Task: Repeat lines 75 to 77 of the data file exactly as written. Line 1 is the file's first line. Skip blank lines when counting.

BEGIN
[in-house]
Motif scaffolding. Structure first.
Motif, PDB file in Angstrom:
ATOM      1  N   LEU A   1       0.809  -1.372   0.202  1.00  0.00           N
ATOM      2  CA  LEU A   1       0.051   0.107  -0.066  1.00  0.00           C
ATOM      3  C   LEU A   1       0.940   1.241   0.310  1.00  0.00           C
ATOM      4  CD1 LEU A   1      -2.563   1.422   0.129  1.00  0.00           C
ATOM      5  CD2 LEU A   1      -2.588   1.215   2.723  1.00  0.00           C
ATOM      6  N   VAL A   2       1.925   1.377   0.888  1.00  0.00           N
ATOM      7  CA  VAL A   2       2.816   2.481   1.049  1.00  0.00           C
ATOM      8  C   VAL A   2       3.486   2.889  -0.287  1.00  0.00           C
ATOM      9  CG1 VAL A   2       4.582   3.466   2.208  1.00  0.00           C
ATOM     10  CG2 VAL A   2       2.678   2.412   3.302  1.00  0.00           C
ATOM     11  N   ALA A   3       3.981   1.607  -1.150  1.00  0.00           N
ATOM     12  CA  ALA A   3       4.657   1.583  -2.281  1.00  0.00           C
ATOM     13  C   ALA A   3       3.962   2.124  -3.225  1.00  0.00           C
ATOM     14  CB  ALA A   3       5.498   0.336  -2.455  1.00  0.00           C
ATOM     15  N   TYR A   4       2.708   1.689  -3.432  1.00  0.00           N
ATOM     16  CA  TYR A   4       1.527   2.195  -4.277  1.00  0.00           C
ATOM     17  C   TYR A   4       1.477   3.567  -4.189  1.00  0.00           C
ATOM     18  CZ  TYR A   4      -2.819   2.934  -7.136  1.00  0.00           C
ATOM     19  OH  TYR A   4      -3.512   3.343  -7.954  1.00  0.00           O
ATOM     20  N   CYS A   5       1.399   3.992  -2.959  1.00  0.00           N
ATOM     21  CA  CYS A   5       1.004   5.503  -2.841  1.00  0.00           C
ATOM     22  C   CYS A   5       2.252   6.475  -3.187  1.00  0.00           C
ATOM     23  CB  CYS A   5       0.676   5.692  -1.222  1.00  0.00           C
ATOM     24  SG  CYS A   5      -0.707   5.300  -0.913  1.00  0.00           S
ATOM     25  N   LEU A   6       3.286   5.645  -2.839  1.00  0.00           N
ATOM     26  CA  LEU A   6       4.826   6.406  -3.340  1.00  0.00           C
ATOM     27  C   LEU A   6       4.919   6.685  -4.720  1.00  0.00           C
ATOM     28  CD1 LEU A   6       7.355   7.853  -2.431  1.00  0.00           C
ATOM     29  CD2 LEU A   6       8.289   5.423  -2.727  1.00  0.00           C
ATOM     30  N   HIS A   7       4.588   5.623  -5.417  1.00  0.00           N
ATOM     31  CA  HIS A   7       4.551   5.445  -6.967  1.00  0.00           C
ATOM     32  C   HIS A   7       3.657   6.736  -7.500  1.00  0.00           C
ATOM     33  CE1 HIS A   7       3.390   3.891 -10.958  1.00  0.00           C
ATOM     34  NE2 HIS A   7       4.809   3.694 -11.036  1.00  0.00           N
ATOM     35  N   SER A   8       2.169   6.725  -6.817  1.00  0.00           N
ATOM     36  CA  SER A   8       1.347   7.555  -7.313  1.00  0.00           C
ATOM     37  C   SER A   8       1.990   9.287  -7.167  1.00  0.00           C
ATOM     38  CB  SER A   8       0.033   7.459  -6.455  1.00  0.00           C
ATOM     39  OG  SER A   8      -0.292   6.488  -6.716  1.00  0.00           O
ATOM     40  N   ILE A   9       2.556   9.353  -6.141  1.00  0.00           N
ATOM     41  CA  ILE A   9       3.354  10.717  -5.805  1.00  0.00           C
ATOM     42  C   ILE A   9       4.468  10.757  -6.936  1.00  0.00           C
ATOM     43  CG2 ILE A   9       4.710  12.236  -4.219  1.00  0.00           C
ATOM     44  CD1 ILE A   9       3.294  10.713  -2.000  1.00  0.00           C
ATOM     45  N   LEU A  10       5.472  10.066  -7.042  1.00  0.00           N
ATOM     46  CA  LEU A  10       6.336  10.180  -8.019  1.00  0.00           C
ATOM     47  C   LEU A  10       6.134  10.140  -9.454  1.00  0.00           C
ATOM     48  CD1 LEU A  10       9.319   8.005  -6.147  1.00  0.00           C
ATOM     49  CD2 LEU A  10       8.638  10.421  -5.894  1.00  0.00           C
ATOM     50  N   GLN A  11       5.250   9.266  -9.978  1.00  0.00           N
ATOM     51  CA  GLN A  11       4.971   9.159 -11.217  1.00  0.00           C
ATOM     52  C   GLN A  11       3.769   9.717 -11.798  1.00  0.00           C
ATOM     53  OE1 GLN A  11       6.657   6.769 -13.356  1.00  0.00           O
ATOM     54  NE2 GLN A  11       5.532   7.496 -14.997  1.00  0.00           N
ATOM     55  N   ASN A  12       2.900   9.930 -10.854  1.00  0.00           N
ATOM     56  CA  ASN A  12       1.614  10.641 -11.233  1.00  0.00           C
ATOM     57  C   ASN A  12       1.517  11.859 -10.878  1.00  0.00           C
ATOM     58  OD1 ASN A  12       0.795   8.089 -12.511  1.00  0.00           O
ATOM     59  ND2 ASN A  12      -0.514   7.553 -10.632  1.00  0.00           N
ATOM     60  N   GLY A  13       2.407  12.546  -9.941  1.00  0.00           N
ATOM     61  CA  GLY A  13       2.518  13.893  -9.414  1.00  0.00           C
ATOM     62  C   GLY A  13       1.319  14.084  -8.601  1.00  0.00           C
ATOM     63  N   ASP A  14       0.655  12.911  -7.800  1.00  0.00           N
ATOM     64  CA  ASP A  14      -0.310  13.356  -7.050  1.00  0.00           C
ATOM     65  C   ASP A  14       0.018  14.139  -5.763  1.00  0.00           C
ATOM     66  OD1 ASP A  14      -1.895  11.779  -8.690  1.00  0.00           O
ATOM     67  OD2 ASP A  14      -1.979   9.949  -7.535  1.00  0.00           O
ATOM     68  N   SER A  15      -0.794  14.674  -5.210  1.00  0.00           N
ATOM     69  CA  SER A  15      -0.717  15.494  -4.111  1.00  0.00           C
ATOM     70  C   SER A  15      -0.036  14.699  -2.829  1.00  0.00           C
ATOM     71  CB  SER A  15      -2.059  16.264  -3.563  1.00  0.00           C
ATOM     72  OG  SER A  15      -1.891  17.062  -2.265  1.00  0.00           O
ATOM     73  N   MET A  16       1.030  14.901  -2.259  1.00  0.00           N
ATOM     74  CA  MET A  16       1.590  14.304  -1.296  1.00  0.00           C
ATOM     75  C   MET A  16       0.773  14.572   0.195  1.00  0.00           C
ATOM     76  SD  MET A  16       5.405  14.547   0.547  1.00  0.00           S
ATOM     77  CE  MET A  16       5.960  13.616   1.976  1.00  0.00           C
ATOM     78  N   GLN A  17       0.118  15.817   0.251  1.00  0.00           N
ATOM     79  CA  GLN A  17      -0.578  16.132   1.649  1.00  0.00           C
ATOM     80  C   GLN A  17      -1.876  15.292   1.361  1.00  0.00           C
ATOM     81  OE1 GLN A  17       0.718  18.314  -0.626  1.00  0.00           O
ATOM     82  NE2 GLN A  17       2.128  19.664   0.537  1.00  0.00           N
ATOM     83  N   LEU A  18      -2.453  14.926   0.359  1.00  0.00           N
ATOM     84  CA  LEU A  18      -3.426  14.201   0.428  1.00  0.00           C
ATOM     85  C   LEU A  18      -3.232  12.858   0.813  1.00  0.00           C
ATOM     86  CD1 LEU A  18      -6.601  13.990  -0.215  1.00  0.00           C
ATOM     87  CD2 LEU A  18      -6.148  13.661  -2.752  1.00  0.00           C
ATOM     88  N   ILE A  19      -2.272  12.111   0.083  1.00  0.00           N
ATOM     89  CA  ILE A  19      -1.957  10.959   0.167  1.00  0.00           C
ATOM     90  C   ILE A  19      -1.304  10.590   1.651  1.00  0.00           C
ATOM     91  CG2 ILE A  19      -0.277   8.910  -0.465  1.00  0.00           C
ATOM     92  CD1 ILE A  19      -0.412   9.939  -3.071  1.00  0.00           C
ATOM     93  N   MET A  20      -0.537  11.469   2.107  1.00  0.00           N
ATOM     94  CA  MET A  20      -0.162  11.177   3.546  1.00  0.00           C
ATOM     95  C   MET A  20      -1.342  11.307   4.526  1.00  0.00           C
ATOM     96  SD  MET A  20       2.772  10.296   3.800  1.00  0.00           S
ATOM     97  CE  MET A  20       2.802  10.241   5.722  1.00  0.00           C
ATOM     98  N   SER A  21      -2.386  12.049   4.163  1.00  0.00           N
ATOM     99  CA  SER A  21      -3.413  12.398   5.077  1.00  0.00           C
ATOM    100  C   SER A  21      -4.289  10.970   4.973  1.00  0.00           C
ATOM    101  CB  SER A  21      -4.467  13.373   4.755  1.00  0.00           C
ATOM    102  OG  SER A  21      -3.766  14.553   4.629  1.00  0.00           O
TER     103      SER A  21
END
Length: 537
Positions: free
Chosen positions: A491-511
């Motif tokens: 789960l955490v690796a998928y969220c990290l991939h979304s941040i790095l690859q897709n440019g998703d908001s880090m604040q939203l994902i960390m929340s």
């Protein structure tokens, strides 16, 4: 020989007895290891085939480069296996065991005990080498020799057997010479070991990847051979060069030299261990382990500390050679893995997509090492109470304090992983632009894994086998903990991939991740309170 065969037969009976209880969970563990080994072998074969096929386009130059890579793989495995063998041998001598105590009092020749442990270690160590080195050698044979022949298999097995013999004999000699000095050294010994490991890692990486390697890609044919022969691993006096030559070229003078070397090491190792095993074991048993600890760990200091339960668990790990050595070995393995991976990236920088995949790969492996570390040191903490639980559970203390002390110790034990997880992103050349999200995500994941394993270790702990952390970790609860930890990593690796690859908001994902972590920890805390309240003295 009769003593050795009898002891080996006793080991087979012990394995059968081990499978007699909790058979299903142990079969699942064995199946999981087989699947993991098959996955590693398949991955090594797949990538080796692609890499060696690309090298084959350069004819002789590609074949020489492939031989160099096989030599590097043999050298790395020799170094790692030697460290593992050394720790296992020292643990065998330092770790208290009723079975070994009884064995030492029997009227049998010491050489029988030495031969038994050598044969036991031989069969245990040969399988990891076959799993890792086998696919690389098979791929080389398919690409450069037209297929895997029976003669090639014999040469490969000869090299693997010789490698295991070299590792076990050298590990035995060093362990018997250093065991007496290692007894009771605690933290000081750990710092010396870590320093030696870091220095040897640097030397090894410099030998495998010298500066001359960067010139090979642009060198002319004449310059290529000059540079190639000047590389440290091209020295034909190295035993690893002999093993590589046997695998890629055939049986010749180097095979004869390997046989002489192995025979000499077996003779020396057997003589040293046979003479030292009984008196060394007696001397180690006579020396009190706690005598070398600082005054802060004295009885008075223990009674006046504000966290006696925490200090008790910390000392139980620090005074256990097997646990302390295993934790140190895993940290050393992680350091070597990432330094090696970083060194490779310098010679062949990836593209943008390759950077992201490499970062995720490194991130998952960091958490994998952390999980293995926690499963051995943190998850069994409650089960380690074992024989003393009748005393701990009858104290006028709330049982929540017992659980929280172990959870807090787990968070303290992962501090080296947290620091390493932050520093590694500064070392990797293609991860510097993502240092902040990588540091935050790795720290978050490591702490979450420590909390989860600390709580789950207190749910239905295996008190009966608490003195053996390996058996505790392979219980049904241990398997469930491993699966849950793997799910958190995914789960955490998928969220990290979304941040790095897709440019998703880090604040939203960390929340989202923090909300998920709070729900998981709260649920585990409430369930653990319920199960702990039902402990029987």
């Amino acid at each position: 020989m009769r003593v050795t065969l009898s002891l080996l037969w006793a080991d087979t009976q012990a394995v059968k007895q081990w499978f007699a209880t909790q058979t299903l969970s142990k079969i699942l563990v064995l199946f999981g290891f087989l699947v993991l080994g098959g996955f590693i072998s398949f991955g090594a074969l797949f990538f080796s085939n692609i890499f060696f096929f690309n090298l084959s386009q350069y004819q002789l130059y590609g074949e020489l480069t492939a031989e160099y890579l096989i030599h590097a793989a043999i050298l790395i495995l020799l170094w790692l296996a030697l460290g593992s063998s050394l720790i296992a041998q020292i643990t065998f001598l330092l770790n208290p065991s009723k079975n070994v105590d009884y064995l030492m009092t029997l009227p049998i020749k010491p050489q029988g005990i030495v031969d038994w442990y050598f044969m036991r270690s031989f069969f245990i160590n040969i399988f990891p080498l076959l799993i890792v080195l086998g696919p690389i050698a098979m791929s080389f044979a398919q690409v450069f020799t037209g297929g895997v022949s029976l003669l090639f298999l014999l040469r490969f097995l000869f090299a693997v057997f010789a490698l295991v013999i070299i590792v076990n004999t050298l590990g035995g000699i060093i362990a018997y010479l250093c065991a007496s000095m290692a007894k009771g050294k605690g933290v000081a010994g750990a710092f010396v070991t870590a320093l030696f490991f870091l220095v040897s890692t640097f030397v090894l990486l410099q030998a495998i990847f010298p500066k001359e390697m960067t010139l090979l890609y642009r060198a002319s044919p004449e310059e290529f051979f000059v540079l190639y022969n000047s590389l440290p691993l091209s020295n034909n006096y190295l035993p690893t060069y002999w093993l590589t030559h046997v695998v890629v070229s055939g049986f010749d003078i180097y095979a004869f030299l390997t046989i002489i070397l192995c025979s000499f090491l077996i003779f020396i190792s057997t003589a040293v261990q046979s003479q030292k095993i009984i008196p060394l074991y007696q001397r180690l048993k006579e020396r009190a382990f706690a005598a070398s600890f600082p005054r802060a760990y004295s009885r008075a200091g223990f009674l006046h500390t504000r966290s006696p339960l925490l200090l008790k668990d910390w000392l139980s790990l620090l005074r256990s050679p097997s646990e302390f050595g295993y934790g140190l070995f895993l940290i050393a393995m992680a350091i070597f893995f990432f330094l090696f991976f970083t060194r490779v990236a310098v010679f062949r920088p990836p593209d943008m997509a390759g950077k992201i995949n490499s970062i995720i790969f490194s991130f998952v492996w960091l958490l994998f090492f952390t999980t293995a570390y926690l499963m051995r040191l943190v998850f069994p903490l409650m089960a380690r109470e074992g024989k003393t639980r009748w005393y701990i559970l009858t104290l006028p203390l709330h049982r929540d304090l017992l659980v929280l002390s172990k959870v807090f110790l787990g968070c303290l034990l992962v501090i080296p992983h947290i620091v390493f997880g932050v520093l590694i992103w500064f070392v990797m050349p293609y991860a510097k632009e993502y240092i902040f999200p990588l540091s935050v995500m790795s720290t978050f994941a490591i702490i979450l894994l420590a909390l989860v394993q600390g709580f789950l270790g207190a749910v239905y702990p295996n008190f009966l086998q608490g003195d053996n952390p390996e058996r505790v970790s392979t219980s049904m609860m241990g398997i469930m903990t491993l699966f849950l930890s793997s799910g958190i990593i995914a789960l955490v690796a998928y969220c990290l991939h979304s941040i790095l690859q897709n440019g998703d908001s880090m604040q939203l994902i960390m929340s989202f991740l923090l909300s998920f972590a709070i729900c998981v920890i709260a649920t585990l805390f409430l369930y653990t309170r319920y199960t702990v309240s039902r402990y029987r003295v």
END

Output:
ATOM     72  OG  SER A  15      -1.891  17.062  -2.265  1.00  0.00           O
ATOM     73  N   MET A  16       1.030  14.901  -2.259  1.00  0.00           N
ATOM     74  CA  MET A  16       1.590  14.304  -1.296  1.00  0.00           C